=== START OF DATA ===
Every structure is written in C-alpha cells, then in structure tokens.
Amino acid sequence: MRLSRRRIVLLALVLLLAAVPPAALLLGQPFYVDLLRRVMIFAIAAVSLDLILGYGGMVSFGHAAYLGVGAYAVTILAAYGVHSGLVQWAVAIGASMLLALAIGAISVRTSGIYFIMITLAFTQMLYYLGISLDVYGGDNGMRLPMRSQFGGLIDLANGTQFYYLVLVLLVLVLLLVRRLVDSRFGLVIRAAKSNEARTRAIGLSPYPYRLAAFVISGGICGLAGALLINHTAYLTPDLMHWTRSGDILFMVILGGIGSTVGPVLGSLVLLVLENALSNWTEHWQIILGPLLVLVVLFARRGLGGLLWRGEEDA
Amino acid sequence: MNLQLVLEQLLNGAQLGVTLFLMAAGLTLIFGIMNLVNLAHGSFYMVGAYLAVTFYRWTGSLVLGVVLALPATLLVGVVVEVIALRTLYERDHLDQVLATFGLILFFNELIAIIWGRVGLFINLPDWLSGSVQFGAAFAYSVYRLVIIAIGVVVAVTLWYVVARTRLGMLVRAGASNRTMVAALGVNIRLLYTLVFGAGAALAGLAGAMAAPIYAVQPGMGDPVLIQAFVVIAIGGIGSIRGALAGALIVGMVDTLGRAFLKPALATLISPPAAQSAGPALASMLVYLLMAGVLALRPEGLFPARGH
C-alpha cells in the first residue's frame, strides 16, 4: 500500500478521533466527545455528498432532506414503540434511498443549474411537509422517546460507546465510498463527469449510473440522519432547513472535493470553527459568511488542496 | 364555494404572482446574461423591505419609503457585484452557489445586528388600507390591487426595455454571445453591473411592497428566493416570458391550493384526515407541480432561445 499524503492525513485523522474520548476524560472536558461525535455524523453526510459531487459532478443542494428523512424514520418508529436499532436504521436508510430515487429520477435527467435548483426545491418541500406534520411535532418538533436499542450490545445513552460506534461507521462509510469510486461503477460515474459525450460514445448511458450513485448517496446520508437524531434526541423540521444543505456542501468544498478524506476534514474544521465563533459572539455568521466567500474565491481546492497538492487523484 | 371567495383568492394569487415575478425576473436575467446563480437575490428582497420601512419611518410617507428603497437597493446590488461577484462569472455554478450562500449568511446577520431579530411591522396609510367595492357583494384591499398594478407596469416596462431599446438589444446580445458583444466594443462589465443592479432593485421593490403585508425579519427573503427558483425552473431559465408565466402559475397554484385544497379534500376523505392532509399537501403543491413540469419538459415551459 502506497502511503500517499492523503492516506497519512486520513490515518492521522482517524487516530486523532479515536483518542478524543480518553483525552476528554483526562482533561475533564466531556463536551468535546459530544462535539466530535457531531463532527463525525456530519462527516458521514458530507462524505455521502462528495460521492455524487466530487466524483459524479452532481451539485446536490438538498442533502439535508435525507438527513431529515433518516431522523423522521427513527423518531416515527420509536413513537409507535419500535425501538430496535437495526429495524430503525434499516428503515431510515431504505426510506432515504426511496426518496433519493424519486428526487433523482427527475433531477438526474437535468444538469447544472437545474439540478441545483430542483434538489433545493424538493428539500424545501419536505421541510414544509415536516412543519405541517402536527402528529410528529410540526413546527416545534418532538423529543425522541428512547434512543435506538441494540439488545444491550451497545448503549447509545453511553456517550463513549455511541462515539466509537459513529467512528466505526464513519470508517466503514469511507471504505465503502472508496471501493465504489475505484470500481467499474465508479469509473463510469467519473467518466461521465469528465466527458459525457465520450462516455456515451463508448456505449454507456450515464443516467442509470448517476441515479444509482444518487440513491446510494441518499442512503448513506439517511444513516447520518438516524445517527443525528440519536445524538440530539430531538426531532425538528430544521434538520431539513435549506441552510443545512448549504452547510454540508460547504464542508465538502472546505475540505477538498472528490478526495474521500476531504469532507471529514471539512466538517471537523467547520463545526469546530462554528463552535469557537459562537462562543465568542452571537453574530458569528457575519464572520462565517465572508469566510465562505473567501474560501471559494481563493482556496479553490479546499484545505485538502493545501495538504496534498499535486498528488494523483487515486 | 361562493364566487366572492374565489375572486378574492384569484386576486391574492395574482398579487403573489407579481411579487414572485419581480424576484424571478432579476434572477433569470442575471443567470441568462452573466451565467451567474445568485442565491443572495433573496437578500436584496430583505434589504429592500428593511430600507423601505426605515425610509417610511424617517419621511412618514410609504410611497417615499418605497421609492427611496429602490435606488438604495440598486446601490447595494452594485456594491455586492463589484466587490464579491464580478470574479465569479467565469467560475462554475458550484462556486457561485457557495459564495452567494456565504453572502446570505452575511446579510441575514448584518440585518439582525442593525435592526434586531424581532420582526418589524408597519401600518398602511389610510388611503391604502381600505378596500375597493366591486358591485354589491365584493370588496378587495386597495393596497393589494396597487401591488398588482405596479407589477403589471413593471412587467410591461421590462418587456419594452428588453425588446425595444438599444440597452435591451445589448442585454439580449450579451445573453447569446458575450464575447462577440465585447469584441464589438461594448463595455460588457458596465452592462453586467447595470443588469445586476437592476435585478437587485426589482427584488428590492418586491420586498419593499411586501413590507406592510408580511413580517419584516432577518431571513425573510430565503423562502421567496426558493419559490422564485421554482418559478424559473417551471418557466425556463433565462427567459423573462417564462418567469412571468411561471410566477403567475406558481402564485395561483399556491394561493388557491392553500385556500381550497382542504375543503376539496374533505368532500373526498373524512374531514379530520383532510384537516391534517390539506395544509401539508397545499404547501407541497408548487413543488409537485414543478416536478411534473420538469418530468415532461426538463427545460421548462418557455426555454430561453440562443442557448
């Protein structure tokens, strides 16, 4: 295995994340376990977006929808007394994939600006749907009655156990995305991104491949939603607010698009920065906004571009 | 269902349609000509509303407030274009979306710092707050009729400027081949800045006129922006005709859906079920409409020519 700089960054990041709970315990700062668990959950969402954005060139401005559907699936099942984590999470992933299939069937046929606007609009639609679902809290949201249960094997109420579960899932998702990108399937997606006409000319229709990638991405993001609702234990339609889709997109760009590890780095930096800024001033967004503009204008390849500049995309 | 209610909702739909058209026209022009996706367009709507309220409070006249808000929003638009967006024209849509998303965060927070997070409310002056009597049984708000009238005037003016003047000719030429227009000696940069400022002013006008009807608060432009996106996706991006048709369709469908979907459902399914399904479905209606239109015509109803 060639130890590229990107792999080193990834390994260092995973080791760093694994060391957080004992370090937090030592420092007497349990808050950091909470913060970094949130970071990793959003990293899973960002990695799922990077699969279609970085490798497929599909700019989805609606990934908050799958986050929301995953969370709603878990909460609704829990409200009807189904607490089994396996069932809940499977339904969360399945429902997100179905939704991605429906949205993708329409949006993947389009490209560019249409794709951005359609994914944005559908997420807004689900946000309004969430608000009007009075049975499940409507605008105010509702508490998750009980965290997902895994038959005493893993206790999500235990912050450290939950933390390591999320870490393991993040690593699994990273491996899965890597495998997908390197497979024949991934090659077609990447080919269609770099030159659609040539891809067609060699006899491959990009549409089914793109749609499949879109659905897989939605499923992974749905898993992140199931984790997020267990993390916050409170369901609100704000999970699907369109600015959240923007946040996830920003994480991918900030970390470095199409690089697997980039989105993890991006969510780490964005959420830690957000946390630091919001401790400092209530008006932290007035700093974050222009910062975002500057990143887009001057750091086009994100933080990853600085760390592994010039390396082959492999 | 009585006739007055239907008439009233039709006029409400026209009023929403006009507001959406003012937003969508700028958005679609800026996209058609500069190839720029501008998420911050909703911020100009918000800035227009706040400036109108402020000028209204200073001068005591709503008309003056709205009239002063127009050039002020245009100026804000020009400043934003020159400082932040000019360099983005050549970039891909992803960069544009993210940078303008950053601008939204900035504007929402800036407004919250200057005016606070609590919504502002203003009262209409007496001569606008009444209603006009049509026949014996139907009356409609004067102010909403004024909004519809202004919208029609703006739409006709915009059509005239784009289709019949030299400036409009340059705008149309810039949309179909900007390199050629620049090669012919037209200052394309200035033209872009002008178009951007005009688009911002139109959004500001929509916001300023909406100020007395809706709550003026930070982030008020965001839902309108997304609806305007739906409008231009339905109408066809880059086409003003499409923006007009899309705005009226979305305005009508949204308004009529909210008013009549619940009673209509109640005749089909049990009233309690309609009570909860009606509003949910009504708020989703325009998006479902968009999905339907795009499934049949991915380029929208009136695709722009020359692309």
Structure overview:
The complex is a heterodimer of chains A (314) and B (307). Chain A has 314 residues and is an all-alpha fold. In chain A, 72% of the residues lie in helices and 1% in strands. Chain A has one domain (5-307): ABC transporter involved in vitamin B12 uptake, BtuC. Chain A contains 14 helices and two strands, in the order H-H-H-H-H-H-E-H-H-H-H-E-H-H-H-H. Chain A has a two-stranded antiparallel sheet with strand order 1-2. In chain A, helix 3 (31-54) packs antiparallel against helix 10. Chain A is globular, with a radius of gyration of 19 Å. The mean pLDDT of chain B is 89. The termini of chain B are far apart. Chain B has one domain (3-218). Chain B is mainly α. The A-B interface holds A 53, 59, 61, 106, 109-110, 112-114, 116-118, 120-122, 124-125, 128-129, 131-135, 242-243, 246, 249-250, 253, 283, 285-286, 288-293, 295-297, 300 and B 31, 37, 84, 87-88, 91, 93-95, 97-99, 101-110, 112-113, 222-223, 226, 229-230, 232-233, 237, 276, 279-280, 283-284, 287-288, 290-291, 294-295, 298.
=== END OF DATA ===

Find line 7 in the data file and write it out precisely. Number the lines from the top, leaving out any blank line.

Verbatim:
The complex is a heterodimer of chains A (314) and B (307). Chain A has 314 residues and is an all-alpha fold. In chain A, 72% of the residues lie in helices and 1% in strands. Chain A has one domain (5-307): ABC transporter involved in vitamin B12 uptake, BtuC. Chain A contains 14 helices and two strands, in the order H-H-H-H-H-H-E-H-H-H-H-E-H-H-H-H. Chain A has a two-stranded antiparallel sheet with strand order 1-2. In chain A, helix 3 (31-54) packs antiparallel against helix 10. Chain A is globular, with a radius of gyration of 19 Å. The mean pLDDT of chain B is 89. The termini of chain B are far apart. Chain B has one domain (3-218). Chain B is mainly α. The A-B interface holds A 53, 59, 61, 106, 109-110, 112-114, 116-118, 120-122, 124-125, 128-129, 131-135, 242-243, 246, 249-250, 253, 283, 285-286, 288-293, 295-297, 300 and B 31, 37, 84, 87-88, 91, 93-95, 97-99, 101-110, 112-113, 222-223, 226, 229-230, 232-233, 237, 276, 279-280, 283-284, 287-288, 290-291, 294-295, 298.